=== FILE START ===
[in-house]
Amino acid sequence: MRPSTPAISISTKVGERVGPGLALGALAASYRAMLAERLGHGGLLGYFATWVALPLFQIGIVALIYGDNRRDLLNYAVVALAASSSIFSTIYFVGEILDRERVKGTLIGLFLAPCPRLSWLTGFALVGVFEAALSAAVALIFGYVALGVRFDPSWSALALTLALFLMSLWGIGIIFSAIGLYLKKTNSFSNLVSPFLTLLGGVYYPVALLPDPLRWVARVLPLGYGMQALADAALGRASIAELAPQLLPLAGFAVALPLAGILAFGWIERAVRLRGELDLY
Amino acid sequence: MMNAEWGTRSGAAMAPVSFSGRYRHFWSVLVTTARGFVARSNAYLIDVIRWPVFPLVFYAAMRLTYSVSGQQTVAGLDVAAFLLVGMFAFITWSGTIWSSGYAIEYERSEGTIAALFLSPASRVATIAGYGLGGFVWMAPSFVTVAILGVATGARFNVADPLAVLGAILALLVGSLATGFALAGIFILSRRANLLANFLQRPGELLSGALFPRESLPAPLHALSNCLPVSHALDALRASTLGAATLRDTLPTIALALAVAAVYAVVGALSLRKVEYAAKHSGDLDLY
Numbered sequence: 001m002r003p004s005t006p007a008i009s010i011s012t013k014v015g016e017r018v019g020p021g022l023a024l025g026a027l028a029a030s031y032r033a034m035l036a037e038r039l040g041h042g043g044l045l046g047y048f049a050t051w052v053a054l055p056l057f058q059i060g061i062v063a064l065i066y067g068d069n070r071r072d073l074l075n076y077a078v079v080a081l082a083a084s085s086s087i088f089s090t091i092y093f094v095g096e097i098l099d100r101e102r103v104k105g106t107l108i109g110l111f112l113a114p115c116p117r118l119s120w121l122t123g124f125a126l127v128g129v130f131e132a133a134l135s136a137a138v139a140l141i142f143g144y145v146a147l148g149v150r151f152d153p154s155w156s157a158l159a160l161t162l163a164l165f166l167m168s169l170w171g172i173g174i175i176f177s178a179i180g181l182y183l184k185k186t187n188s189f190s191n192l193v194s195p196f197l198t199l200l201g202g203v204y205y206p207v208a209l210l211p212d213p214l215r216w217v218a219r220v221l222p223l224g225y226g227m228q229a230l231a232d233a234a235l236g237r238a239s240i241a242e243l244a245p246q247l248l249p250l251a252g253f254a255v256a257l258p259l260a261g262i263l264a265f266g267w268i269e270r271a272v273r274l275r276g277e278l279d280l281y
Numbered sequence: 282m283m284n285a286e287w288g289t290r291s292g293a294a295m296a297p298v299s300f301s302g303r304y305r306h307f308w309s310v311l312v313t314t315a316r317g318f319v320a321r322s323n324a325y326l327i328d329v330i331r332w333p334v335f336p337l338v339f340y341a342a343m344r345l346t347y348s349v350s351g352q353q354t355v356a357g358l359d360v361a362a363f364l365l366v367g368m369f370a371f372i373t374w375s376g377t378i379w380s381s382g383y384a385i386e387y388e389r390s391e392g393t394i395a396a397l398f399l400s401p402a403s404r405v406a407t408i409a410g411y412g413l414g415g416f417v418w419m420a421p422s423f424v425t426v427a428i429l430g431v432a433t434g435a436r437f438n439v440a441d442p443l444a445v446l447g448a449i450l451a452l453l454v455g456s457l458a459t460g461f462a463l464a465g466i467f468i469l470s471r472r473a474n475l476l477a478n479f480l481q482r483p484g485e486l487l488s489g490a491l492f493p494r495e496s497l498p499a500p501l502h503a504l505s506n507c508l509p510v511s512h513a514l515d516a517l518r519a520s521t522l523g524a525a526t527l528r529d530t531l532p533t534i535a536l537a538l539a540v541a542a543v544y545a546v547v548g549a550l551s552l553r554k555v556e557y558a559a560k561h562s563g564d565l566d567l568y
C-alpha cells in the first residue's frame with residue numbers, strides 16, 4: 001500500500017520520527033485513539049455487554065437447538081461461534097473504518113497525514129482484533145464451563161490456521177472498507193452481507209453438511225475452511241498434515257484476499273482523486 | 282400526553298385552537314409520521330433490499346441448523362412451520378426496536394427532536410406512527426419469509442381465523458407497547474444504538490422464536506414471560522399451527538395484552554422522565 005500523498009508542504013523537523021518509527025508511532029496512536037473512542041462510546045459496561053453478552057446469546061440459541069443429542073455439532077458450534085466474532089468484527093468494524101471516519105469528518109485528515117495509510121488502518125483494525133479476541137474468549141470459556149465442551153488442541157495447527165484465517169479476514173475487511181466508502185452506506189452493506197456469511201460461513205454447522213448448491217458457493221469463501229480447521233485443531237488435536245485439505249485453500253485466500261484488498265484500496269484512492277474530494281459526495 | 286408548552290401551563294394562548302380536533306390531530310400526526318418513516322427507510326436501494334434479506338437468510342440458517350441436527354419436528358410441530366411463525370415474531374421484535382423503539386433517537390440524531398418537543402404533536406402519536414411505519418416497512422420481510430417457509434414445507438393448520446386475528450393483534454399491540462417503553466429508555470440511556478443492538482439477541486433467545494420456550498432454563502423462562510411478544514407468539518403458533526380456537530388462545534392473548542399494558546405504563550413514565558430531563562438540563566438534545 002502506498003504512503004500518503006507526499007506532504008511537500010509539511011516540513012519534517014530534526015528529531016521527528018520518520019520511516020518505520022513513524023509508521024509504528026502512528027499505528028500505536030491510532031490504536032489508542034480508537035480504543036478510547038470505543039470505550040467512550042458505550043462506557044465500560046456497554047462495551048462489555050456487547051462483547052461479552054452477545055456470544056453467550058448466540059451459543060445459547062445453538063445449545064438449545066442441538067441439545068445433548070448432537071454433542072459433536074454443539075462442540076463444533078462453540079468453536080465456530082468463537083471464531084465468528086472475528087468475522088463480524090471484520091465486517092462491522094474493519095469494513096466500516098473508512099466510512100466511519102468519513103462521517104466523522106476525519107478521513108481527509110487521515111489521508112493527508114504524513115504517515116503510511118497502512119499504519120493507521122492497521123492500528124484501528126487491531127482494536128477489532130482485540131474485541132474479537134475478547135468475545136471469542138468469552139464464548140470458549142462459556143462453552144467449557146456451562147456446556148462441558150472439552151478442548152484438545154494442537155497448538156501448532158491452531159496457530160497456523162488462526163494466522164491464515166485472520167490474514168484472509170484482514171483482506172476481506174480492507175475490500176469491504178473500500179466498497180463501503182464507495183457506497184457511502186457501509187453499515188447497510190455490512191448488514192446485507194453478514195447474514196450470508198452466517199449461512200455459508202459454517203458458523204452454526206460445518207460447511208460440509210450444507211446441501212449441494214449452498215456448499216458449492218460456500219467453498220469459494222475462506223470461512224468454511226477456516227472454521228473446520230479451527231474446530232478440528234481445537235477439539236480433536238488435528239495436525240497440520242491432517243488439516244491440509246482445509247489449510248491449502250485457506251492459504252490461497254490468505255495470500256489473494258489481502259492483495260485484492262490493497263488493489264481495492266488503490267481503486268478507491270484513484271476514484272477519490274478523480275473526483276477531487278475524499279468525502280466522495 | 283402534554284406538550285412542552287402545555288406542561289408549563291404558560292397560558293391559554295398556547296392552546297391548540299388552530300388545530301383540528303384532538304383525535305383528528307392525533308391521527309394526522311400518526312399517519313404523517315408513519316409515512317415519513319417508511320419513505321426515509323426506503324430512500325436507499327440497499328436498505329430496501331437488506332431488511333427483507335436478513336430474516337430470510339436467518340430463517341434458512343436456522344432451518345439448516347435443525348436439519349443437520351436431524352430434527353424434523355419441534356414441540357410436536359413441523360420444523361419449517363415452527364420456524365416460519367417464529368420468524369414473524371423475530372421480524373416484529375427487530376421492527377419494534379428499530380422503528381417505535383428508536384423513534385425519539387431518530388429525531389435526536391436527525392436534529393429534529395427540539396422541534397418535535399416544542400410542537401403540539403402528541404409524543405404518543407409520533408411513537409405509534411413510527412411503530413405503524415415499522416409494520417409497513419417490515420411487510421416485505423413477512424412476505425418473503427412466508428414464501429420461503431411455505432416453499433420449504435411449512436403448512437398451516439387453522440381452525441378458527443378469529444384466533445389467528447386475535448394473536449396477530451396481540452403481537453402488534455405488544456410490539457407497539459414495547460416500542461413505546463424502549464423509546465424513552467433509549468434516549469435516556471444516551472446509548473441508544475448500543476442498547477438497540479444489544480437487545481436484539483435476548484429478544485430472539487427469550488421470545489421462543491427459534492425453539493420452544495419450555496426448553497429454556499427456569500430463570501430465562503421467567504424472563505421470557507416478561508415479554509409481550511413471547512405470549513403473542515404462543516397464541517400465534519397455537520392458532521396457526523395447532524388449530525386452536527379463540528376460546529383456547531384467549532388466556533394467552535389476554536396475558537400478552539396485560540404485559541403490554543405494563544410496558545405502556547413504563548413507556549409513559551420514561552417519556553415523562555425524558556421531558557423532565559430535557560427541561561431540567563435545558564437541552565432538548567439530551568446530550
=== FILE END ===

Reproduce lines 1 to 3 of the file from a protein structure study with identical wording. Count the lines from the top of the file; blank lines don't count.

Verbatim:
[in-house]
Amino acid sequence: MRPSTPAISISTKVGERVGPGLALGALAASYRAMLAERLGHGGLLGYFATWVALPLFQIGIVALIYGDNRRDLLNYAVVALAASSSIFSTIYFVGEILDRERVKGTLIGLFLAPCPRLSWLTGFALVGVFEAALSAAVALIFGYVALGVRFDPSWSALALTLALFLMSLWGIGIIFSAIGLYLKKTNSFSNLVSPFLTLLGGVYYPVALLPDPLRWVARVLPLGYGMQALADAALGRASIAELAPQLLPLAGFAVALPLAGILAFGWIERAVRLRGELDLY
Amino acid sequence: MMNAEWGTRSGAAMAPVSFSGRYRHFWSVLVTTARGFVARSNAYLIDVIRWPVFPLVFYAAMRLTYSVSGQQTVAGLDVAAFLLVGMFAFITWSGTIWSSGYAIEYERSEGTIAALFLSPASRVATIAGYGLGGFVWMAPSFVTVAILGVATGARFNVADPLAVLGAILALLVGSLATGFALAGIFILSRRANLLANFLQRPGELLSGALFPRESLPAPLHALSNCLPVSHALDALRASTLGAATLRDTLPTIALALAVAAVYAVVGALSLRKVEYAAKHSGDLDLY